(156) 39°00.90′ N. lat., 123°57.88′ W. long.;

(157) 38°59.95′ N. lat., 123°56.99′ W. long.;

(158) 38°56.82′ N. lat., 123°57.74′ W. long.;

(159) 38°56.40′ N. lat., 123°59.41′ W. long.;

(160) 38°50.23′ N. lat., 123°55.48′ W. long.;

(161) 38°46.77′ N. lat., 123°51.49′ W. long.;

(162) 38°45.28′ N. lat., 123°51.56′ W. long.;

(163) 38°42.76′ N. lat., 123°49.76′ W. long.;

(164) 38°41.54′ N. lat., 123°47.76′ W. long.;

(165) 38°40.98′ N. lat., 123°48.07′ W. long.;

(166) 38°38.03′ N. lat., 123°45.78′ W. long.;

(167) 38°37.20′ N. lat., 123°44.01′ W. long.;

(168) 38°33.44′ N. lat., 123°41.75′ W. long.;

(169) 38°29.45′ N. lat., 123°38.42′ W. long.;

(170) 38°27.89′ N. lat., 123°38.38′ W. long.;

(171) 38°23.68′ N. lat., 123°35.40′ W. long.;

(172) 38°19.63′ N. lat., 123°33.98′ W. long.;

(173) 38°16.23′ N. lat., 123°31.83′ W. long.;

(174) 38°14.79′ N. lat., 123°29.91′ W. long.;

(175) 38°14.12′ N. lat., 123°26.29′ W. long.;

(176) 38°10.85′ N. lat., 123°25.77′ W. long.;

(177) 38°13.15′ N. lat., 123°28.18′ W. long.;

(178) 38°12.28′ N. lat., 123°29.81′ W. long.;

(179) 38°10.19′ N. lat., 123°29.04′ W. long.;

(180) 38°07.94′ N. lat., 123°28.45′ W. long.;

(181) 38°06.51′ N. lat., 123°30.89′ W. long.;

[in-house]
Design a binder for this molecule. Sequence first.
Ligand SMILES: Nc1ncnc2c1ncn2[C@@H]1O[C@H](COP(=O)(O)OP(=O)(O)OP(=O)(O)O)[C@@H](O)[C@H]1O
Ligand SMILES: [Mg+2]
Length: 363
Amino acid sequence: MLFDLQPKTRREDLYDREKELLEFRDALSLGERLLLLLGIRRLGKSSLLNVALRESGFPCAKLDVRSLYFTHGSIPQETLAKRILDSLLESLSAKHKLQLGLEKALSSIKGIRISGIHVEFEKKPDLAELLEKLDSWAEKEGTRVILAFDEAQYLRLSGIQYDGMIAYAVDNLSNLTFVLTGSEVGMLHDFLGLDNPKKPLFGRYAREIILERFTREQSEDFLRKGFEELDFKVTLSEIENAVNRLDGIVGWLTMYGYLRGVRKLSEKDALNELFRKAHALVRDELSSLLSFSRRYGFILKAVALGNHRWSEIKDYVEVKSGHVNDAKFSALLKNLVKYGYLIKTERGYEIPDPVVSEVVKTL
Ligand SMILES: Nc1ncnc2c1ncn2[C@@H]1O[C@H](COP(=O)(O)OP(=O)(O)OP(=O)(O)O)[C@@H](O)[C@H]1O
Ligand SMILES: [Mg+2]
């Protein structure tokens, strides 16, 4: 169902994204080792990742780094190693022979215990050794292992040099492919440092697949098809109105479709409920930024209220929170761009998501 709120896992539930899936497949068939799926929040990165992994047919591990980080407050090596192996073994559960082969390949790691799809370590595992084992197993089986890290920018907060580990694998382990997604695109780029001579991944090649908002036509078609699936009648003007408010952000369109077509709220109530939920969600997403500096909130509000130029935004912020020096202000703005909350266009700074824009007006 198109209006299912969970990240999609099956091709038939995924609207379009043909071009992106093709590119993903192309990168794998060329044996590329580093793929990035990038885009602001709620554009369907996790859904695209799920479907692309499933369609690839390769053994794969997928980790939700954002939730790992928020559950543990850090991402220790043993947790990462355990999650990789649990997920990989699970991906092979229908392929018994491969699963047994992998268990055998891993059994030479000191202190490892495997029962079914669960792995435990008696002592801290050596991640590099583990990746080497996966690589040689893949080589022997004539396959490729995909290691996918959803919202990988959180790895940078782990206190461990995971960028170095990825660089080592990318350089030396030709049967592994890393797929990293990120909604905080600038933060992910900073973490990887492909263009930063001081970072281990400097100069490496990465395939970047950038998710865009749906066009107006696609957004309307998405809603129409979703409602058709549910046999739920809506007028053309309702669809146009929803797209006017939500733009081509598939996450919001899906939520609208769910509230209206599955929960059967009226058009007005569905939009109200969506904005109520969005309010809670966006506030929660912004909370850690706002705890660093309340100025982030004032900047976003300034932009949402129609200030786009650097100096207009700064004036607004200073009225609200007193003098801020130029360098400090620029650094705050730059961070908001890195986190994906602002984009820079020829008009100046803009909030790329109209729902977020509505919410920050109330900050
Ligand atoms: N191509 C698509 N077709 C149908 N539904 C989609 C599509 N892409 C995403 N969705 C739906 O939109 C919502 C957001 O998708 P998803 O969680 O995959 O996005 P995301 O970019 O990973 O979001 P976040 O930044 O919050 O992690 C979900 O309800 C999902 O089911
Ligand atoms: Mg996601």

(182) 38°04.21′ N. lat., 123°31.96′ W. long.;

(183) 38°02.07′ N. lat., 123°31.3′ W. long.;

(184) 38°00.00′ N. lat., 123°29.55′ W. long.;

(185) 37°58.13′ N. lat., 123°27.21′ W. long.;

(186) 37°55.01′ N. lat., 123°27.46′ W. long.;

(187) 37°51.40′ N. lat., 123°25.18′ W. long.;

(188) 37°43.97′ N. lat., 123°11.49′ W. long.;

(189) 37°36.00′ N. lat., 123°02.25′ W. long.;

(190) 37°13.65′ N. lat., 122°54.18′ W. long.;

(191) 37°00.66′ N. lat., 122°37.84′ W. long.;

(192) 36°57.40′ N. lat., 122°28.25′ W. long.;

(193) 36°59.25′ N. lat., 122°25.54′ W. long.;

(194) 36°56.88′ N. lat., 122°25.42′ W. long.;

(195) 36°57.40′ N. lat., 122°22.62′ W. long.;

(196) 36°55.43′ N. lat., 122°22.43′ W. long.;

(197) 36°52.29′ N. lat., 122°13.18′ W. long.;

(198) 36°47.12′ N. lat., 122°07.56′ W. long.;

(199) 36°47.10′ N. lat., 122°02.11′ W. long.;

(200) 36°43.76′ N. lat., 121°59.11′ W. long.;

(201) 36°38.85′ N. lat., 122°02.20′ W. long.;

(202) 36°23.41′ N. lat., 122°00.11′ W. long.;

(203) 36°19.68′ N. lat., 122°06.93′ W. long.;

(204) 36°14.75′ N. lat., 122°01.51′ W. long.;

(205) 36°09.74′ N. lat., 121°45.00′ W. long.

(206) 36°06.67′ N. lat., 121°41.06′ W. long.;

(207) 35°57.07′ N. lat., 121°34.32′ W. long.;

(208) 35°52.31′ N. lat., 121°32.45′ W. long.;

(209) 35°51.21′ N. lat., 121°30.91′ W. long.;

(210) 35°46.32′ N. lat., 121°30.30′ W. long.;

(211) 35°33.74′ N. lat., 121°20.10′ W. long.;

(212) 35°31.37′ N. lat., 121°15.23′ W. long.;

(213) 35°23.32′ N. lat., 121°11.44′ W. long.;

(214) 35°15.28′ N. lat., 121°04.45′ W. long.;

(215) 35°07.08′ N. lat., 121°00.3′ W. long.;

(216) 34°57.46′ N. lat., 120°58.23′ W. long.;

(217) 34°44.25′ N. lat., 120°58.29′ W. long.;

(218) 34°32.30′ N. lat., 120°50.22′ W. long.;

(219) 34°19.08′ N. lat., 120°31.21′ W. long.;

(220) 34°17.72′ N. lat., 120°19.26′ W. long.;

(221) 34°22.45′ N. lat., 120°12.81′ W. long.;

(222) 34°21.36′ N. lat., 119°54.88′ W. long.;

(223) 34°09.95′ N. lat., 119°46.18′ W. long.;

(224) 34°09.08′ N. lat., 119°57.53′ W. long.;

(225) 34°07.53′ N. lat., 120°06.35′ W. long.;

(226) 34°10.54′ N. lat., 120°19.07′ W. long.;